2013 so far hasn't exactly been an auspicious one so far for the Conservative party.  All their gambits, and there have been more than a couple in the past six weeks, seem to have come to naught.  The attempt to portray Labour as hopelessly out of touch by jumping on their voting against the 1% uprating in benefits has had no discernible impact on the polls.  By the same token, the promise of an in/out referendum on the EU come 2017 caused a slight ripple, which has since disappeared.  Lastly, the vote on gay marriage showed how deeply split the Tory party remains between what the modernisers believe will help them win the election, and what the err, conservatives believe is likely to hinder them.  Any goodwill which the announcement of the referendum generated was just as quickly snuffed out.

The latest setback for the Tories, the 12% percent lead for Labour in this month's Graun/ICM poll, does look slightly ominous.  Yes, there's sampling errors and the fact that all the other polls suggest Labour's lead remains about the 10 point margin, but ICM usually shows lower leads due to their reallocation of some don't know answers to the party they last voted for.  With the Lib Dems having voted against the boundary changes that would have given the Tories an advantage in around 30 or so constituencies, the chances of Cameron improving on his party's showing in 2010 become ever more slim.

Not that any of these problems for the natural party of government have been due to Labour being anything other than a generally efficient opposition.  Ed Miliband continues to put in solid performances at PMQs, often besting Cameron, yet you can hardly say that he's been the most visible of leaders since the new year.  Presumably some of that time was well spent preparing for today's speech, which is almost certainly his best since he became leader, his last two conference speeches being the only others of real note.

This isn't though down to the announcement of the twinned policies of reintroducing the 10p top rate of tax and paying for it through a mansion tax.  Whether the sums add up certainly isn't clear, as the band at which the 10p rate would be set depends on the amount raised through the tax.  It would arguably make more sense to do a wholesale revaluation of the council tax bands, as indeed the Institute for Fiscal Studies has since suggested, although such a policy would doubtless be vigorously opposed by those who have spent the last 20 years caring more about how much their house is worth than actually enjoying living in it.  As the IFS has also pointed out, reintroducing the 10p rate would just further complicate matters, especially when the government has been raising the personal allowance, which regardless of the downsides of the policy is a move everyone understands.  Their suggestion as to what could be done instead from the proceeds of the tax is either increasing tax credits, a policy Labour seem to be moving away from, or increasing the threshold at which employee national insurance contributions are paid, which would be the obvious step to take in line with the rise in the personal threshold.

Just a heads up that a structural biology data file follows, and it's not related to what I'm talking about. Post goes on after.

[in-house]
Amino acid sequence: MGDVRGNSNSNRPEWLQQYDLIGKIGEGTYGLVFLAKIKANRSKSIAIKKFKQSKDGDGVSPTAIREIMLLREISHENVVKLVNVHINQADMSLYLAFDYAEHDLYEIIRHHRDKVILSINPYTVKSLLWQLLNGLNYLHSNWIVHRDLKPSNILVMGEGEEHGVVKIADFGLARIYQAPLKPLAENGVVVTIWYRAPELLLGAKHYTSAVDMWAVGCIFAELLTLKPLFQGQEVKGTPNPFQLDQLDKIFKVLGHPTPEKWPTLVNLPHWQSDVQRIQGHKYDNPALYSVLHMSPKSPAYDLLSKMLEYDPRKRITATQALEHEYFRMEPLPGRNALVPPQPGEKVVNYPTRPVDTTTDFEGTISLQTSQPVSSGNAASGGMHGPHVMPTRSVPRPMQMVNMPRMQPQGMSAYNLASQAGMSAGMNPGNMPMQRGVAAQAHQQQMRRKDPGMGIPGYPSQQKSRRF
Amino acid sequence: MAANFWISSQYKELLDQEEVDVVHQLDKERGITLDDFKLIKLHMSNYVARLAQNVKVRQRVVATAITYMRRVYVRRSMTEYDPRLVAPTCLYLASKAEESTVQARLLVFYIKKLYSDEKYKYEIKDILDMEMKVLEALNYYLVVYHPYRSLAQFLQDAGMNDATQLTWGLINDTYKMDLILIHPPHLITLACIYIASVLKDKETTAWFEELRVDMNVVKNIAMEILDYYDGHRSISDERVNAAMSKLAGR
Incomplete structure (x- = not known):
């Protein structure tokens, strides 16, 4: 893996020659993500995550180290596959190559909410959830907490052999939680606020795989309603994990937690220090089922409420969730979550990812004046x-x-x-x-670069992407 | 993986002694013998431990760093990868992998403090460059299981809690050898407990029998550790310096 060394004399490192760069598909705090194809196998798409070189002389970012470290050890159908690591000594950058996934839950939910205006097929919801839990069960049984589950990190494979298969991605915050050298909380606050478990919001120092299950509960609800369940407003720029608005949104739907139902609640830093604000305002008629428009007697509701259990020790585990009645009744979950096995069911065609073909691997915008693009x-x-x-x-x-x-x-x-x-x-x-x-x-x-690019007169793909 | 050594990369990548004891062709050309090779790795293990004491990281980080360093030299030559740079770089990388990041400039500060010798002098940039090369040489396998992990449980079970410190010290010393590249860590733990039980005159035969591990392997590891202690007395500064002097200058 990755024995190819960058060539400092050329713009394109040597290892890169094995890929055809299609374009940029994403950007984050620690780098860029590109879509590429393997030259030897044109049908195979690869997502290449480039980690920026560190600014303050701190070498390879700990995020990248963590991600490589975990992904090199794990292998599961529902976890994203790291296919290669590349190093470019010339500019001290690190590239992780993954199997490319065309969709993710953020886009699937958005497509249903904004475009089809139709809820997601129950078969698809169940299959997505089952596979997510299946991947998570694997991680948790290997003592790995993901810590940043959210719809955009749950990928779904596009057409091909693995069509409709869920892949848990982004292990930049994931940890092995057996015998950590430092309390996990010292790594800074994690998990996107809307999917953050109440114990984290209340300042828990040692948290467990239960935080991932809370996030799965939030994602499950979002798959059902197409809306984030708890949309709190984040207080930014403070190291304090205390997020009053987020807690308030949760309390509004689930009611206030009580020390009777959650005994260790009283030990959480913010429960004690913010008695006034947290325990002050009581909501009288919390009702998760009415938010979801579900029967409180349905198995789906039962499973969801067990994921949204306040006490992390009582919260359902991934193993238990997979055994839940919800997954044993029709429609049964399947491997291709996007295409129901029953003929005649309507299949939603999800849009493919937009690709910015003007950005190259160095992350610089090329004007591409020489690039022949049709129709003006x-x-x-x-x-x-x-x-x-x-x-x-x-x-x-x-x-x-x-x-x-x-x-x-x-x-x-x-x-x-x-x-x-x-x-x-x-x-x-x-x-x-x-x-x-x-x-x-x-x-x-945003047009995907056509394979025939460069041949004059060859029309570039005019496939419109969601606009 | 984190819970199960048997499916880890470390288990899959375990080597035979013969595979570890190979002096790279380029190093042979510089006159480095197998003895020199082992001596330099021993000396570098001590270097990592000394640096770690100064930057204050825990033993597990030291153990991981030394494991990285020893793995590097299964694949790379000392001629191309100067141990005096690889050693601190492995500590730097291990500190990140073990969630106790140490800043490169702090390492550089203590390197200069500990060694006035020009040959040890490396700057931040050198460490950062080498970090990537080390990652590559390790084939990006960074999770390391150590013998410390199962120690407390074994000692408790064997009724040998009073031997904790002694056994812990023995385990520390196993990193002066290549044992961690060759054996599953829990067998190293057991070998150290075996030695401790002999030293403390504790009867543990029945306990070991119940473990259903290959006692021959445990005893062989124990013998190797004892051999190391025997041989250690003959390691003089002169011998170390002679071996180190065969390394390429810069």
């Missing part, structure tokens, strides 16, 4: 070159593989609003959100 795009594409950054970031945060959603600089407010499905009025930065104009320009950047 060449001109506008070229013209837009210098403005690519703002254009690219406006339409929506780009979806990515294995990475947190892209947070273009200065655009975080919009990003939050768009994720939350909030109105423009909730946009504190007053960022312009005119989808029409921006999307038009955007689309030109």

No, the real reason why it's notable is that for the first time in years a party is making the case for running the economy differently. As Miliband said, it may well be true that we're in a race with the likes of India and China, but that doesn't mean our response should be to dump hard won rights, as the Tories want as part of their EU treaty renegotiation and Osborne has already introduced through his ludicrous shares for rights scheme. Emphasising how the 1% have taken 24 pence in every pound over the last 30 years and connecting it with how the Tories believe they still deserve a tax cut is exactly the sort of message Labour needs to keep making.

It doesn't therefore matter that New Labour did obeisance at the feet of the bankers, what matters now is that Miliband brings foward policies that make concrete his pledge to break with the era of the trickle down theory. It's fine saying Labour would break the stranglehold of the big six energy companies and stop the train companies ripping customers off on the most used routes, it's how they're going to go about doing so.  Welcome as proposals such as the introduction of a technical baccalaureate are, they're just small parts of what needs to be a far wider vision of what a "one nation" Britain would look like.

The polls suggest that for now at least this lack of detail doesn't matter, as silly as it seems to be saying that while the 10p rate and mansion tax are policies Labour would implement now if in government, they won't necessarily be in the manifesto come the election.  Much as this makes sense when for all we know the depression could yet extend to 2015 with all that would entail for government spending or rather the lack of it, the time is fast approaching when we need to know exactly what policies Labour will pledge to implement should they win.  Miliband has made a good start, and his repudiation of the worst of New Labour is now all but complete; it's what comes next that will decide whether or not David Cameron will helm a one term government.